Sound of silence is not to my taste

I THOUGHT the world had ended.

James Marston

I THOUGHT the world had ended.

As I woke from my slumber on Saturday morning in my Toulousain apartment with street views (immediate) and ceilings (high), I had a terrible thought. Perhaps I was the only person left in the world?

The reason for this startling thought was the silence. Toulouse, the fourth largest city in France was strangely quiet. I could hear no traffic, no sirens, no passers-by.

Even worse was the realisation that if I were the last man alive I would be condemned to talking to myself about myself for the rest of my life - I was, dear readers, despite what you may think, a little scared at the prospect. So much so that I abandoned my Saturday morning lie-in with an Englishman in France breakfast of four croissants and a cigarette while trying to make sense of whatever was on the television and got out of bed.

As I approached the window and opened the shutters the silence was almost deafening. It had, as I soon discovered when I popped my head into the street, snowed.

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Now I know nothing compares to the covering experienced recently in the Edwardian seaside town of Felixstowe where I had made a home before upsticking to the continent, but a significant snowfall here in the south west of France is apparently not that normal, with the obvious exception of the Pyrenees.

Indeed, according to the local news, the Haute Garonne, the area in which I live, together with 27 other areas of France, is on orange alert which, according to one friend, is just short of red alert which translates as total panic.

As I ventured outside later that morning to experience the experience, I was struck that even at 11am the normally bustling streets were almost deserted.

The statue of Joan of Arc was covered in three inches of the white stuff. Fountains had frozen, the cobbled streets utterly treacherous. Even the museums were shut due to "intemperate reasons" as one notice pinned on a door said.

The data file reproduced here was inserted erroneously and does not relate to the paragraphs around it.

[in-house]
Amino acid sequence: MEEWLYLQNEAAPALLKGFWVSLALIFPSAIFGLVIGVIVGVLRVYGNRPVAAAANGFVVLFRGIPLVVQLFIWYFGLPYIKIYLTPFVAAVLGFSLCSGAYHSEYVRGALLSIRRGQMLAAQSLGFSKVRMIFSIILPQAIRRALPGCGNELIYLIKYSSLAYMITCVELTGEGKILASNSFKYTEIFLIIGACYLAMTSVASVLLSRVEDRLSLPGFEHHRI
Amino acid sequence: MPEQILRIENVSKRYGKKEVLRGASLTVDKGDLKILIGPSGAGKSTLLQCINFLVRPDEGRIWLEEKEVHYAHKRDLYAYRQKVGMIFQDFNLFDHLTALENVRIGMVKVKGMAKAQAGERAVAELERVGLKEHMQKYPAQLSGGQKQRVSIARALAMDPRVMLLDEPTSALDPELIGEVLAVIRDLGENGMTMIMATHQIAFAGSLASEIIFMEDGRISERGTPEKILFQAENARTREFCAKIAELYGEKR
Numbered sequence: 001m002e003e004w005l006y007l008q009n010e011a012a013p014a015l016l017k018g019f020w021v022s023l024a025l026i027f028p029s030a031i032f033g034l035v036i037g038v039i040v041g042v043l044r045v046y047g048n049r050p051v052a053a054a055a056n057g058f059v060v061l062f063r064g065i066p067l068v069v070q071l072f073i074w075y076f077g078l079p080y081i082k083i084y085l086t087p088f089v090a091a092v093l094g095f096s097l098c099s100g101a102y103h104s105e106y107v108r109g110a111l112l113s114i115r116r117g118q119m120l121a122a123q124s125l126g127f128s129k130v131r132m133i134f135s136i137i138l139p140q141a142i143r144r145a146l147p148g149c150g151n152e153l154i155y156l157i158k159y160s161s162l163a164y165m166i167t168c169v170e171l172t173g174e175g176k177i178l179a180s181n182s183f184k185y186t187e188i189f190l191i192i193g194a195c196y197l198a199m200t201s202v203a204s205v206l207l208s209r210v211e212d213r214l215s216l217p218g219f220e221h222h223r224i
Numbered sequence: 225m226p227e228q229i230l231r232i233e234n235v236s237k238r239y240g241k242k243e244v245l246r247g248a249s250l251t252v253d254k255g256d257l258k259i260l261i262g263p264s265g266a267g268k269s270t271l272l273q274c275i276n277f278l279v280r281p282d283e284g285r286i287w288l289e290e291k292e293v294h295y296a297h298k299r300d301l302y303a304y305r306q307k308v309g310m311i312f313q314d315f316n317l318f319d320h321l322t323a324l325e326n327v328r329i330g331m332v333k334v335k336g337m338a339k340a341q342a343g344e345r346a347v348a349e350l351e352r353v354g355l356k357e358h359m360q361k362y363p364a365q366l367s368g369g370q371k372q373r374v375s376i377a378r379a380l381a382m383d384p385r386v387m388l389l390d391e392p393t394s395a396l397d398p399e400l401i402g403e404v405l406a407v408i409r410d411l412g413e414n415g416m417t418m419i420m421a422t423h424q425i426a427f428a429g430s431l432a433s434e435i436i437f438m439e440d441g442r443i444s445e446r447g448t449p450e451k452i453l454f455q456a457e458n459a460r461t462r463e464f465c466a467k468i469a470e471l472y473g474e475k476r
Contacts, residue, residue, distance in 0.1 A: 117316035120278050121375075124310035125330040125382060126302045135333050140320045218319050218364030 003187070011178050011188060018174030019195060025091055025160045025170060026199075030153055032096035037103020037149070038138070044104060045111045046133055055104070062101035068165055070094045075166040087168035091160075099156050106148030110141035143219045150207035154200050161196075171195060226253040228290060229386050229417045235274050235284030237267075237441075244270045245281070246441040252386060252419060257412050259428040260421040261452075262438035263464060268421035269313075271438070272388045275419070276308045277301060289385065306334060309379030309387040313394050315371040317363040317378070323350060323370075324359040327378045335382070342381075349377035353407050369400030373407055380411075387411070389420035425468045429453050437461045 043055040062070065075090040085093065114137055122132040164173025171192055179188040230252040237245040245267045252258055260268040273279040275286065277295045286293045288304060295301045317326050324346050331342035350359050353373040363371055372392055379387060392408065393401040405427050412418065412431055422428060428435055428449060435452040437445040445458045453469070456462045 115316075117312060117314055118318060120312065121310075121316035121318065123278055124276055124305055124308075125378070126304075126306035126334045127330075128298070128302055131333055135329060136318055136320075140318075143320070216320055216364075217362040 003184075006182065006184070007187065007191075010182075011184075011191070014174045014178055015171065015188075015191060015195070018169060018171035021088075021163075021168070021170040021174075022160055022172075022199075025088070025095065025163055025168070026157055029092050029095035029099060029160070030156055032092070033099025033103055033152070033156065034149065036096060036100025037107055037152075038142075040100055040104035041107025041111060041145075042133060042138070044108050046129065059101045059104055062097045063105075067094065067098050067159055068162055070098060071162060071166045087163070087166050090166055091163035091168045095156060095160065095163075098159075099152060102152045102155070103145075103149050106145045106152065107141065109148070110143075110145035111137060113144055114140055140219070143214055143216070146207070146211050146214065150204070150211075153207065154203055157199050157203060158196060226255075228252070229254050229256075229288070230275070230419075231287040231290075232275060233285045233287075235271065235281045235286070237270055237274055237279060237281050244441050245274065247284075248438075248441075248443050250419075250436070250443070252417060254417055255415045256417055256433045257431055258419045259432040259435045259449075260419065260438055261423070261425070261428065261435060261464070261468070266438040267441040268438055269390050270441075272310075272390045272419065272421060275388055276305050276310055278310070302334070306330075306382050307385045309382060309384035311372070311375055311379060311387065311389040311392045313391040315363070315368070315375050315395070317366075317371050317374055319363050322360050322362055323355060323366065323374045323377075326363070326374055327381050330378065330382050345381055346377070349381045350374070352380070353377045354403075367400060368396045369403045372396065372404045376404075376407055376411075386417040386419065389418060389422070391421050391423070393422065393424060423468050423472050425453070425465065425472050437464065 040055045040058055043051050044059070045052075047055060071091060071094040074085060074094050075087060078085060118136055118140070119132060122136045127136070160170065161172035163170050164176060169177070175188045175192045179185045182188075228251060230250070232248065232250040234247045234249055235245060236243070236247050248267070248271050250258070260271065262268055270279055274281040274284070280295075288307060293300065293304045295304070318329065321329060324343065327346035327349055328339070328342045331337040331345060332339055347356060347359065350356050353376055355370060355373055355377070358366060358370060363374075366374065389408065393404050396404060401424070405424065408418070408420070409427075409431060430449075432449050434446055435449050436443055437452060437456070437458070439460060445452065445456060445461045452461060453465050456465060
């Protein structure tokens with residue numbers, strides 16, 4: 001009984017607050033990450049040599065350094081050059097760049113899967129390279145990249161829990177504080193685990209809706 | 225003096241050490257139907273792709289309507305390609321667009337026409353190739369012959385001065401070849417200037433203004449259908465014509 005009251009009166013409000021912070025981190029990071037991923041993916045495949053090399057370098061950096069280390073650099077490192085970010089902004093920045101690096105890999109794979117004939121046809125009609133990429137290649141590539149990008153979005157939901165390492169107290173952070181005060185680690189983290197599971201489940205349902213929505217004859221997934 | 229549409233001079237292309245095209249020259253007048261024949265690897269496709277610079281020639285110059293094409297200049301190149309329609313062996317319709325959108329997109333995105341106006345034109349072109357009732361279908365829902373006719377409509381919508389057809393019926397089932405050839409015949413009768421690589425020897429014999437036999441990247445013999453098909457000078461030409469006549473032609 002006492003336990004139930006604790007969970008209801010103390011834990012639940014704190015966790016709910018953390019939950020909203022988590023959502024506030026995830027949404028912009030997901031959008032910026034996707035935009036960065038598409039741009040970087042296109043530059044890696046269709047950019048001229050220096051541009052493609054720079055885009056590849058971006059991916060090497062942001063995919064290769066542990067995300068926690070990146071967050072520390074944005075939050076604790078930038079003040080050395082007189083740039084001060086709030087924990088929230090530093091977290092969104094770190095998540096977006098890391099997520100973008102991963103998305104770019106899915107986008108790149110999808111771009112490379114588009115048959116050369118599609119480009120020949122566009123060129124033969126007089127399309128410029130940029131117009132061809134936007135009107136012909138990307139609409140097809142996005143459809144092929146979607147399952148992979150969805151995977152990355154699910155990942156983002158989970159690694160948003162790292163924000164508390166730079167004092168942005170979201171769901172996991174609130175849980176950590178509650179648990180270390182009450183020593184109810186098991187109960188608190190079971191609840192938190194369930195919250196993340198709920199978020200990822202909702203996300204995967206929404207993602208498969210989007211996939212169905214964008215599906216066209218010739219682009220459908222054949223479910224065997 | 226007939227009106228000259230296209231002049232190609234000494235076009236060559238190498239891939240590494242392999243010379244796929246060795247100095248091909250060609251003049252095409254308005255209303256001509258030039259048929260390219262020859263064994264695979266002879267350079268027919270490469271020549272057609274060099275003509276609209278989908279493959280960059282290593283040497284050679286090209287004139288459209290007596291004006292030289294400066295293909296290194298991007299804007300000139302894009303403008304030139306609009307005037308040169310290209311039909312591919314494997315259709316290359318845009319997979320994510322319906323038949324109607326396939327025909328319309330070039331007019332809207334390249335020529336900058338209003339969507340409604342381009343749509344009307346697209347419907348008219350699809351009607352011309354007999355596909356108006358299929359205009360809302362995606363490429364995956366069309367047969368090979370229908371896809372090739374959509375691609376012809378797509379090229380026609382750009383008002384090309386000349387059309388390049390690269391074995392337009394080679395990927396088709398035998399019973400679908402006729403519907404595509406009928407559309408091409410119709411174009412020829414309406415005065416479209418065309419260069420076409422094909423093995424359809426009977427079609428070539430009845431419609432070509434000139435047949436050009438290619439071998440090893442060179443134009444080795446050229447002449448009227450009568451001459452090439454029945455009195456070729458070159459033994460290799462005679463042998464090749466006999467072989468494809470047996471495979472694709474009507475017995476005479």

The Place De Charles De Gaulles (Charles of Gaul Square) was carpeted, the trees were hung heavy. Even a few shops were shut as retail staff took the opportunity of a snow day. It goes without saying that the schools would have shut had they been open - teachers the world over never miss a chance.

Eventually, I did spot a small gritter making sedate way along one of the city's thoroughfares and by the afternoon Toulouse had got a little busier though the snow fell, snow on snow, for the rest of the day.

Apparently the canals of Amsterdam are frozen, Germany is in the grip of traffic chaos, temperatures are positively arctic and in Britain there is much discussion about gritters and salt.

Snow, this year, dear readers is the only news anyone is talking about.

PEOPLE often ask me how I'm getting on with the language here in France. Well the answer is I am managing and most days I learn a little something.

This week I picked up an "aspirator" which, though it sounds like something you might give an asthmatic, is, in fact, a vacuum cleaner.

NOT that I'm too bothered, but I am somewhat relieved to hear that the pontificating of Jonathan Ross will no longer be filling the TV screen. I was never much of a fan mostly because, it seemed to me, the BBC had to keep justifying his large salary far too often.

I bet there's a few who'll not be too upset to see him go. Let's hope it's America.

JUST as I beginning to understand the minefield of greetings and dismissals here in France I heard another to add to the list of "Bon journ�e" (have a nice day), "Bonne soir�e" (have a nice evening), "Bon dimanche" (have a nice Sunday) etc etc etc. "Bon fin de matin" has now come my way - it means "have a nice end of the morning".

WHERE do big boys buy their clothes in France? It has been a question that I've been wondering about for some time. Large here is petite in the UK so a gentleman of my stature has no hope.

Not until the sales that is.

The annual post Christmas sell-off has just begun here and I have discovered all the big sizes, that no one buys because everyone is small, get marked down and thrown on the racks.

What a relief, I was worried I might have to diet.

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